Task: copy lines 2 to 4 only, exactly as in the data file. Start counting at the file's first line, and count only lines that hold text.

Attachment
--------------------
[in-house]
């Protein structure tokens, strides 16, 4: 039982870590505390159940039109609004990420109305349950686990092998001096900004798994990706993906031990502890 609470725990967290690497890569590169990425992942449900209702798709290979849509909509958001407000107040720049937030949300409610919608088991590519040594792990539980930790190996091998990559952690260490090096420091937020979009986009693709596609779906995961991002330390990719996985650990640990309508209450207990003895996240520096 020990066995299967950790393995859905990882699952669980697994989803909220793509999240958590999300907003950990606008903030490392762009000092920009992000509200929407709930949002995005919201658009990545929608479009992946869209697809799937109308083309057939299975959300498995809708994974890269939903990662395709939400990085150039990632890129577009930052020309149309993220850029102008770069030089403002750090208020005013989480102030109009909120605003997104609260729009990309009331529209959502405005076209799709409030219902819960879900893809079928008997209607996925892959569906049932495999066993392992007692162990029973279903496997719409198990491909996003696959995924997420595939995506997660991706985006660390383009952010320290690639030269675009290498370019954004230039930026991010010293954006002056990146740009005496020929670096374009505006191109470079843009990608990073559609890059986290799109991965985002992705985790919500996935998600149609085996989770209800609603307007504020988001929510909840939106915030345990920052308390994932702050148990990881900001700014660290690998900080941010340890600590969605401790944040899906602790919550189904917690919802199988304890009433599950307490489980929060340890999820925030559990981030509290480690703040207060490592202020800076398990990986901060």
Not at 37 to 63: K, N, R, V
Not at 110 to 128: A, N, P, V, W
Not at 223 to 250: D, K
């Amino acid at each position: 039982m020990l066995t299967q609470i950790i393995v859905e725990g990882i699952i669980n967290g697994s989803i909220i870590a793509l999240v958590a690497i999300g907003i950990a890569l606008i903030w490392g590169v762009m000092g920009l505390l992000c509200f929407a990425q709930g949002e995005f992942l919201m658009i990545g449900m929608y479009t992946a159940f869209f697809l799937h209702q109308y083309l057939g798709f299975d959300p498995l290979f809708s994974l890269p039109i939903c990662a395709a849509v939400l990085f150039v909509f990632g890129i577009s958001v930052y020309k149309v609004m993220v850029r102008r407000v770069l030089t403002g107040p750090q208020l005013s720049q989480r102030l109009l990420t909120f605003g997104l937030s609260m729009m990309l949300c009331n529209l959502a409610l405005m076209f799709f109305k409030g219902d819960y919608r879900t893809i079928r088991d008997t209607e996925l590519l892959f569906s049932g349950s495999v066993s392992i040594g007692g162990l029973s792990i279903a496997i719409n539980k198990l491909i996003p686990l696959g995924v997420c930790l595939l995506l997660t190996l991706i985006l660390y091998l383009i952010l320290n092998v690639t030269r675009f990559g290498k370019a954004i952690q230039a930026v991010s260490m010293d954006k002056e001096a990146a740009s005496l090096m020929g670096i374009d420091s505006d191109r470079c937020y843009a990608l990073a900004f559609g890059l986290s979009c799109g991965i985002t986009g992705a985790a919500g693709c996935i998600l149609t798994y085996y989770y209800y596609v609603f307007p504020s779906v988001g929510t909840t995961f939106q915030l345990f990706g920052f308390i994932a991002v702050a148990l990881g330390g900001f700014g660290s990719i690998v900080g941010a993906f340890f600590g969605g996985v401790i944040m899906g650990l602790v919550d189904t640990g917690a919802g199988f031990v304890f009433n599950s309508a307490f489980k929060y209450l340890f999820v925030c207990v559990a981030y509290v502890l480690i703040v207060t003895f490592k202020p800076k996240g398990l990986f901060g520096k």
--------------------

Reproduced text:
């Protein structure tokens, strides 16, 4: 039982870590505390159940039109609004990420109305349950686990092998001096900004798994990706993906031990502890 609470725990967290690497890569590169990425992942449900209702798709290979849509909509958001407000107040720049937030949300409610919608088991590519040594792990539980930790190996091998990559952690260490090096420091937020979009986009693709596609779906995961991002330390990719996985650990640990309508209450207990003895996240520096 020990066995299967950790393995859905990882699952669980697994989803909220793509999240958590999300907003950990606008903030490392762009000092920009992000509200929407709930949002995005919201658009990545929608479009992946869209697809799937109308083309057939299975959300498995809708994974890269939903990662395709939400990085150039990632890129577009930052020309149309993220850029102008770069030089403002750090208020005013989480102030109009909120605003997104609260729009990309009331529209959502405005076209799709409030219902819960879900893809079928008997209607996925892959569906049932495999066993392992007692162990029973279903496997719409198990491909996003696959995924997420595939995506997660991706985006660390383009952010320290690639030269675009290498370019954004230039930026991010010293954006002056990146740009005496020929670096374009505006191109470079843009990608990073559609890059986290799109991965985002992705985790919500996935998600149609085996989770209800609603307007504020988001929510909840939106915030345990920052308390994932702050148990990881900001700014660290690998900080941010340890600590969605401790944040899906602790919550189904917690919802199988304890009433599950307490489980929060340890999820925030559990981030509290480690703040207060490592202020800076398990990986901060």
Not at 37 to 63: K, N, R, V
Not at 110 to 128: A, N, P, V, W